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30 January 2009, 11:58 pm
Paralympic and Match Racing Champions Named At Miami; Medal Races Tomorrow
Lotte MELDGAARD PEDERSEN and her Danish team, left, take on the Italians led by Giulia CONTI in the Women's Match Racing final
Lotte MELDGAARD PEDERSEN and her Danish team, left, take on the Italians led by Giulia CONTI in the Women's Match Racing final

Rolex Miami OCR 2009
Miami, Florida, USA

Denmark picked up a maximum 20 points towards the ISAF Sailing World Cup Standings after winning the Women's Match Racing final at US SAILING's Rolex Miami OCR, with the Paralympic events and Medal Race line ups also decided on Friday.
Good things happened today at US SAILING's Rolex Miami OCR, where 444 sailors from 41 countries are competing.

Medals were determined in the three Paralympic events, the Sonar, SKUD18 and 2.4mR, as well as the Olympic Women's Match Racing event in the Laser SB3, while each of the remaining nine Olympic events (Finn, Men's 470, Women's 470, 49er, Laser, Laser Radial, Men's RS:X, Women's RS:X, Star) determined the top-ten sailors who will advance to tomorrow's Medal Race. The regatta replicates the format that will be used at the 2012 Olympic and Paralympic Sailing Competition and is the second of seven stops on the 2008-2009 ISAF Sailing World Cup for Olympic and Paralympic hopefuls. It is also the USA's only qualifying regatta for determining its 2009 U.S. Sailing Team AlphaGraphics.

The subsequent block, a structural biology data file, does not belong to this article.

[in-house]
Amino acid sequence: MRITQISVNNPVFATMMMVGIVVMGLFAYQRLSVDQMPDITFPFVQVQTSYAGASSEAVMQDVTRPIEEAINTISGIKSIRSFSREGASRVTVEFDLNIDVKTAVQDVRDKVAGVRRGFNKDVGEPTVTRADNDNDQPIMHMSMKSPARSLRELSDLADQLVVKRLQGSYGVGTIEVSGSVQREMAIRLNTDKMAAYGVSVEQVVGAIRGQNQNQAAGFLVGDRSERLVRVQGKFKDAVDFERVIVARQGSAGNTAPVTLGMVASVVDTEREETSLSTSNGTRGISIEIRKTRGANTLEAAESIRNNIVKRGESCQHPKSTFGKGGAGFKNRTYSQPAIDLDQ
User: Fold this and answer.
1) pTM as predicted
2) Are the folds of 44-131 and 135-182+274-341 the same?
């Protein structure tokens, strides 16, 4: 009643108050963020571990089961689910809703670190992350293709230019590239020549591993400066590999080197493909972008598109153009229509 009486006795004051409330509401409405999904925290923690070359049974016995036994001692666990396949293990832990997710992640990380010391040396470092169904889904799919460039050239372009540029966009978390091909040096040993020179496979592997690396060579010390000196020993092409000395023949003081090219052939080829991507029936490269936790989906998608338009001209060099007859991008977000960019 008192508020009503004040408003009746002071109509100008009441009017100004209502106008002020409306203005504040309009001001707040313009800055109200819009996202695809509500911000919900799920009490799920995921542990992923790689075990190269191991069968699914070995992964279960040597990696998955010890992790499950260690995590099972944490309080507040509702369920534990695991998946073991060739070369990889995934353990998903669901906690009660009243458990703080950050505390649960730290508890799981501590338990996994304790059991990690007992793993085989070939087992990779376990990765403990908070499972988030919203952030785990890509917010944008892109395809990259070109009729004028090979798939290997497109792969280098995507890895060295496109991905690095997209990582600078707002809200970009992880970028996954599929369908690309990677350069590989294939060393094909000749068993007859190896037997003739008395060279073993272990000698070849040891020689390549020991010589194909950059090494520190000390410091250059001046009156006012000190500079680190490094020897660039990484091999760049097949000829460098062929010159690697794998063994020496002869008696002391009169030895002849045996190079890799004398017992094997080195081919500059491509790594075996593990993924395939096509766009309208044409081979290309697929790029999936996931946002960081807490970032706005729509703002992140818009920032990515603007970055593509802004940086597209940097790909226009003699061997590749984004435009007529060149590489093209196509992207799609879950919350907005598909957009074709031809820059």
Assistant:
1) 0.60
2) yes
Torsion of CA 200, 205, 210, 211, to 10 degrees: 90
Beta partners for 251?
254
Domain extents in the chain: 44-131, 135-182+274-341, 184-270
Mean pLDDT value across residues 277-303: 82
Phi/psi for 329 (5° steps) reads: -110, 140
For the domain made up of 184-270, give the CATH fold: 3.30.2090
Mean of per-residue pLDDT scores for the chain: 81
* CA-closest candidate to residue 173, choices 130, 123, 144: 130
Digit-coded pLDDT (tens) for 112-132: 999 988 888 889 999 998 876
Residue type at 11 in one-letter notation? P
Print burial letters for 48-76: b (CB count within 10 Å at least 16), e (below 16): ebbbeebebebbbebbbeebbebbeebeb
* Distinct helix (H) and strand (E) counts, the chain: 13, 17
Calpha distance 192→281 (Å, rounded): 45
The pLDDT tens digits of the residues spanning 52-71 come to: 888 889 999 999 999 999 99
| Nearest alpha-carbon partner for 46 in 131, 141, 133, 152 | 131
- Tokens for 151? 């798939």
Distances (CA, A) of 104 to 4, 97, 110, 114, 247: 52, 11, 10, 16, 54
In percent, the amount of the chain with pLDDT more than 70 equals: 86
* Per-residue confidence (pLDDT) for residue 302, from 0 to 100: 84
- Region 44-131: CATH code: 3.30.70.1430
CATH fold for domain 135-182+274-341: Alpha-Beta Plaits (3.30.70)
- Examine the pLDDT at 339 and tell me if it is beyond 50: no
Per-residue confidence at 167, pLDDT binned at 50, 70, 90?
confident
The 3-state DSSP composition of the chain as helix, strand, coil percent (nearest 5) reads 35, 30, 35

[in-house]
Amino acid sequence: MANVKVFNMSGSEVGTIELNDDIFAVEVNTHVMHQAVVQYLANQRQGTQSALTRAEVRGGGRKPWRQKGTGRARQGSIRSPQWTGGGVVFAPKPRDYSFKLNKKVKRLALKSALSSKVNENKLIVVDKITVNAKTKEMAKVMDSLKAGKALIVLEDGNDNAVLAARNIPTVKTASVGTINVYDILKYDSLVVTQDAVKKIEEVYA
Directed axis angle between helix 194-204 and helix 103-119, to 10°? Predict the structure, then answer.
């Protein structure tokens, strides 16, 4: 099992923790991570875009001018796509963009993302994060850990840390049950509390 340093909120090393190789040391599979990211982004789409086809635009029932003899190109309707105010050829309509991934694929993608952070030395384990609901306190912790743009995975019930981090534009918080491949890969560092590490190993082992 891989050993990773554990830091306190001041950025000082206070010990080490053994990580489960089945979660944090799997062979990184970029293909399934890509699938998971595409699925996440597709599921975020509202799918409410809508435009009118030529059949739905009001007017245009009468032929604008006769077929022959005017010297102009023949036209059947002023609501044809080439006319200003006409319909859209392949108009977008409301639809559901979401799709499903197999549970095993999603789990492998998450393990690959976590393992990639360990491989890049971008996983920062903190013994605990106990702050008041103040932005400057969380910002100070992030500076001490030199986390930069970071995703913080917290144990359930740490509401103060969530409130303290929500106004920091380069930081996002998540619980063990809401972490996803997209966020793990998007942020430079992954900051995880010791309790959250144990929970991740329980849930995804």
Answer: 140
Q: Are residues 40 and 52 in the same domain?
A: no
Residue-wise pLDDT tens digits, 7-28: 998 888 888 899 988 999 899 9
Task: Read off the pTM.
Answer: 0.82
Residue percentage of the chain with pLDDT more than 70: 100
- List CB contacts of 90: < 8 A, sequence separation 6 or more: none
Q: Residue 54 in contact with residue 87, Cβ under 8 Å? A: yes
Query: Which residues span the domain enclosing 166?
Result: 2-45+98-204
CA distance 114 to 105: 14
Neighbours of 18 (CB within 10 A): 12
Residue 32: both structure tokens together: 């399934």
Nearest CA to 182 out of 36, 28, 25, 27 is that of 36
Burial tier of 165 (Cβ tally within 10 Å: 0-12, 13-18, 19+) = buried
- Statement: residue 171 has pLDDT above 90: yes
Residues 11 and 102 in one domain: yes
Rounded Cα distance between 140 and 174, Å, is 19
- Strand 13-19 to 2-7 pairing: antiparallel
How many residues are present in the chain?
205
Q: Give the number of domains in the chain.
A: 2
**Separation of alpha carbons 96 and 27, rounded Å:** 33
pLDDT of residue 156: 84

View our photo gallery of the best action from Miami here.

Squalls developed in Miami on Friday, making for testing conditions on Biscayne Bay.

"It was very little wind to very much," said Denmark's Lotte MELDGAARD PEDERSEN, who with Tina SCHMIDT and Trine PALLUDAN won the gold medal in Women's Match Racing. "We tried it all today."

Denmark was the third-ranked boat going into today's four-boat semi finals. After they proceeded to the finals, their match-up was with none other than yesterday's leading Italian team of Giulia CONTI, Alessandra MARENZI and Alessandra ANGELINI. The final contest went all five races with PEDERSEN's team posting a final win-loss score of 3-2. The final race served up a photo finish after the boats changed leads twice in the last six boat lengths. "It was too windy to have our chutes up," said PEDERSEN, "and we just made a right decision. CONTE did a very good job."